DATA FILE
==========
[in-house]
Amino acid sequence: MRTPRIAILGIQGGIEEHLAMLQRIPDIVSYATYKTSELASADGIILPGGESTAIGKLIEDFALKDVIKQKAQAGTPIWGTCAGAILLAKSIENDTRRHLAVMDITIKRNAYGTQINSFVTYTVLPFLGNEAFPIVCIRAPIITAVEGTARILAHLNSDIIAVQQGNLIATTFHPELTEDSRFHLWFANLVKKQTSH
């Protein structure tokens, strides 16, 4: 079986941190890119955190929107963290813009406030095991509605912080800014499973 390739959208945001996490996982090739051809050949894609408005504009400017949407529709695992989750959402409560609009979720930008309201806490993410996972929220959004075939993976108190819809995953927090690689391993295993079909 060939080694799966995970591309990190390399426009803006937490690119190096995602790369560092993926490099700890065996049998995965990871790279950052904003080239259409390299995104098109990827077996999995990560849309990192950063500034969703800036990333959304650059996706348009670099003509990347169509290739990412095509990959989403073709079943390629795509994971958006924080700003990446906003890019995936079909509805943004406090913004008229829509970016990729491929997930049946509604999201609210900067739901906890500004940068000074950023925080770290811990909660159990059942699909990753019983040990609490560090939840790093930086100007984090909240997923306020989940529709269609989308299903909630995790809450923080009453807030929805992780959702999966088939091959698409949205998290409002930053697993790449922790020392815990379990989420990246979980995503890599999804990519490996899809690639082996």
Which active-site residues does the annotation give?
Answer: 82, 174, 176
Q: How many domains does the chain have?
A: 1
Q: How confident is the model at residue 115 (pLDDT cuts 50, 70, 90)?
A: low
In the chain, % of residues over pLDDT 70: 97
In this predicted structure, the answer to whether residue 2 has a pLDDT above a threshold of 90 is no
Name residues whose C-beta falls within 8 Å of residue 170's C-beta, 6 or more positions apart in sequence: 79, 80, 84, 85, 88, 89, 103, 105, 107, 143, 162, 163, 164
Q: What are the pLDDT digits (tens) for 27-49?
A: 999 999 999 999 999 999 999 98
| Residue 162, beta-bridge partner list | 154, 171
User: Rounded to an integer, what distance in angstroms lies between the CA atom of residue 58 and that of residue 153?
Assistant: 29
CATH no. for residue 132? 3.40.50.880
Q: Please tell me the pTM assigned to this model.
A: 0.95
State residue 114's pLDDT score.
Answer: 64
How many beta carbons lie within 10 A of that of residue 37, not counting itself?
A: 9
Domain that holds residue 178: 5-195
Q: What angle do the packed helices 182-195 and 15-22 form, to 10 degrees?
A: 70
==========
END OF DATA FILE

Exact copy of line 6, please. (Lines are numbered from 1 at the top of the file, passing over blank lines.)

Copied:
Q: How many domains does the chain have?